Food Miles


Food Miles

A Farmscape Ecology Program Consumer Education Project from around 10 years ago (please note that it has not been updated with more recent information)


'Food Miles' refer to the distance that your food has been transported between its source farm and where you buy it. (Actually, you should add the distance from store to home onto that mileage or else eat it in your car or use a bicycle.) Food miles are one measure of the amount of energy used to transport your food and the consequent pollutants released by that transport. Estimates vary, but transport may account for 10-20% of the total energy use associated with the provision of a given food item. Foods with much higher total energy input (e.g., grain-fed meat) have a lower proportional transport cost (say, <10%), while foods requiring relatively low inputs and no preparation (e.g., fresh apples) have a higher proportional transport cost (e.g., >50%).

As such, Food Miles are a relatively simple (yet certainly incomplete) statistic that can be used to demonstrate the ecological importance of local foods. They can also serve as an indicator of "localness", which, in turn, may be tied to socio-economic aspects aside from those related to energy use. As the numbers above suggest and a recent debate in the press has highlighted (e.g., recent NY Times commentary), food miles alone do not fully describe the energy consumption and resulting pollution associated with a food's 'life cycle'. One can come up with scenarios under which a distant food has a lower overall energy requirement than a similar local one. This was done in the study at the heart of the NYT article. Researchers found that for a Brit, pasture-raised New Zealand lamb was a more energy conscious choice than the native grain-fed British lamb. True enough, although, as others have pointed out, locally pastured British lamb would, due to the transportation, likely win out over the New Zealand equivalent. Furthermore, examples of foods for which transport costs are a key determinant of the most ecological choice are well-documented, if less frequently cited of late.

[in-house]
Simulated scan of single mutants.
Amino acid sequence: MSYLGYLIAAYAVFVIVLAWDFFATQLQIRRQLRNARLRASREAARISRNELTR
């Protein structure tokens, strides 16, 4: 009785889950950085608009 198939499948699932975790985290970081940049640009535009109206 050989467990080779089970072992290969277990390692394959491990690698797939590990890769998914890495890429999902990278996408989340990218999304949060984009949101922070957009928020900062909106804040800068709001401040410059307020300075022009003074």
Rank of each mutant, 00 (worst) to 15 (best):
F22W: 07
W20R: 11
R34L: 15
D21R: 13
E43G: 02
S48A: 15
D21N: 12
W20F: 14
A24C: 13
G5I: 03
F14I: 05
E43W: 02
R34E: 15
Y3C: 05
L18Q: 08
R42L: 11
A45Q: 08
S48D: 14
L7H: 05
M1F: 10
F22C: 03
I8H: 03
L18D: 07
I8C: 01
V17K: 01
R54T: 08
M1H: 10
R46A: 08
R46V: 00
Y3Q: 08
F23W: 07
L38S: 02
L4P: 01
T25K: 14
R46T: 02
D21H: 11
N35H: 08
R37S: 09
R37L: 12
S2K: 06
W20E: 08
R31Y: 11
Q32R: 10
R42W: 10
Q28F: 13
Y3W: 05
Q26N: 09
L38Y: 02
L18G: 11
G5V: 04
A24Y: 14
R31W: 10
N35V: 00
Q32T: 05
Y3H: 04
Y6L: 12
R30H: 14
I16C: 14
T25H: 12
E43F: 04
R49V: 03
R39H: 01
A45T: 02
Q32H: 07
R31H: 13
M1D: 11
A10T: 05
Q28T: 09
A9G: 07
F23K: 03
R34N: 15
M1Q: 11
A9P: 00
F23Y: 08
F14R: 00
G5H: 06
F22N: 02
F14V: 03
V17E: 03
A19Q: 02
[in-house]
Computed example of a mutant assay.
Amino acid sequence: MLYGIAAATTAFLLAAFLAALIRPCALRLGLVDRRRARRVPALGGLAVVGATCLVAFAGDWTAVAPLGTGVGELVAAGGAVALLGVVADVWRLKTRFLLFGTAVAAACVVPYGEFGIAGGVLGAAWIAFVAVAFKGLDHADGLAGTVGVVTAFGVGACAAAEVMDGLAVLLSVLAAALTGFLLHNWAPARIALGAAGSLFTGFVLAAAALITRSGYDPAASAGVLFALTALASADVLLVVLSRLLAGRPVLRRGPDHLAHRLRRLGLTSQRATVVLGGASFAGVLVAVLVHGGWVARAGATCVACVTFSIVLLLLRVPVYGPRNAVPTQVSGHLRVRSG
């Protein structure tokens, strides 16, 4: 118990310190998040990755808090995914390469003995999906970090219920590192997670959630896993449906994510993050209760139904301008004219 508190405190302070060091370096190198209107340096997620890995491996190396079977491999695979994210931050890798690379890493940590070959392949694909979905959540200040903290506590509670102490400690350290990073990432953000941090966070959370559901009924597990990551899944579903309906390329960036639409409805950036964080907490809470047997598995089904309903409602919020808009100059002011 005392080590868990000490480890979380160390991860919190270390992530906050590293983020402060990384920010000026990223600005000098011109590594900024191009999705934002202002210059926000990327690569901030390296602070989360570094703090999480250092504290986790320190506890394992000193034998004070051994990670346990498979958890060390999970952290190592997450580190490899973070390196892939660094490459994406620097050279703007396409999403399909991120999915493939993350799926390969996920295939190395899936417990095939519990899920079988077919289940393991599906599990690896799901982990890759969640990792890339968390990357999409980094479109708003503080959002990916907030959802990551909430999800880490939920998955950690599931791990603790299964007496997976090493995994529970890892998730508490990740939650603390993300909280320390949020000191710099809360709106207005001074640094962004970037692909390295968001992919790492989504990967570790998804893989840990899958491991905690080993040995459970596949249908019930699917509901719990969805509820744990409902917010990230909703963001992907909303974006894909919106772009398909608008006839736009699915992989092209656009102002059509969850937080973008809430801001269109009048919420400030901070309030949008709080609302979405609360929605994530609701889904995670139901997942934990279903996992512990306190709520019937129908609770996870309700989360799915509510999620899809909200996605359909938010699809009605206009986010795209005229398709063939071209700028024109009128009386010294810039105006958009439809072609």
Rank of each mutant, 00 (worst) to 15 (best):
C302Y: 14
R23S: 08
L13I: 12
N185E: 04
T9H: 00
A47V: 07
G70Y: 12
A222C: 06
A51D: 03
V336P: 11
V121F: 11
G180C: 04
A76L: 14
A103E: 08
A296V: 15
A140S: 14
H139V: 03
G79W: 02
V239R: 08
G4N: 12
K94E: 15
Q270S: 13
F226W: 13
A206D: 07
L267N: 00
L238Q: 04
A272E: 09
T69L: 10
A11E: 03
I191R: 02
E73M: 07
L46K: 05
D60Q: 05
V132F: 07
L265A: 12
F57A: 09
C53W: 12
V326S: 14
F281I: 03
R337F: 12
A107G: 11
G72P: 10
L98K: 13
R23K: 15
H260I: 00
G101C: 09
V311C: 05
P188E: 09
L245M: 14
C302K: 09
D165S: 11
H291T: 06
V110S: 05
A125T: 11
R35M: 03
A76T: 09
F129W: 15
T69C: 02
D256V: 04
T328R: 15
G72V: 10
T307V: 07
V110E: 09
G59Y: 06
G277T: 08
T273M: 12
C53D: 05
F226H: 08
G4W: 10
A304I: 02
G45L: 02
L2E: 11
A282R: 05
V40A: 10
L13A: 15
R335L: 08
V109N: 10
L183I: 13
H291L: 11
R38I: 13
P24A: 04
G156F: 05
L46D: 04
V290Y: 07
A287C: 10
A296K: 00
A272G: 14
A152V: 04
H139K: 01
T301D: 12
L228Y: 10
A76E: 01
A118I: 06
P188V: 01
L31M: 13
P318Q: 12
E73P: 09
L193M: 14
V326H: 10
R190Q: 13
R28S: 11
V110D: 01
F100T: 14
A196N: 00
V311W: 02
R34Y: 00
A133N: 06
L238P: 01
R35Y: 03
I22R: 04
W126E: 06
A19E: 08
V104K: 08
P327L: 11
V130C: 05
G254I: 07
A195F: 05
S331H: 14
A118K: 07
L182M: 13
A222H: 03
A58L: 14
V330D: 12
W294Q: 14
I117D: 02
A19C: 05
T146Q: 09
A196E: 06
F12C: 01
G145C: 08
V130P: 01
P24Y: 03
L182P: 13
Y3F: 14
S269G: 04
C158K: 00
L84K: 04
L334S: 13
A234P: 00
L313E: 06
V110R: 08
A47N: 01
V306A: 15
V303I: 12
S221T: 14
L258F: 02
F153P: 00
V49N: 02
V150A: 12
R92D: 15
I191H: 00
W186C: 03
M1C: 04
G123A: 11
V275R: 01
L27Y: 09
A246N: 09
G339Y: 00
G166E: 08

A full Life-Cycle Analysis of the energy-use and pollution consequences of a food would certainly paint the most complete picture of its environmental repercussions. However, those calculations are complex and daunting. Although one English supermarket chain has said it will calculate the carbon footprint of all its foods, food miles remain a useful statistic for us mere mortals and, as mentioned, also serves to describe how local a food is, a factor with broader implications. The issues highlighted in the paragraph above suggest that we should not be too lazy in accepting food miles as a complete descriptor of food quality, but it's a worthy descriptor just like all the nutritional details appearing on a packaged food.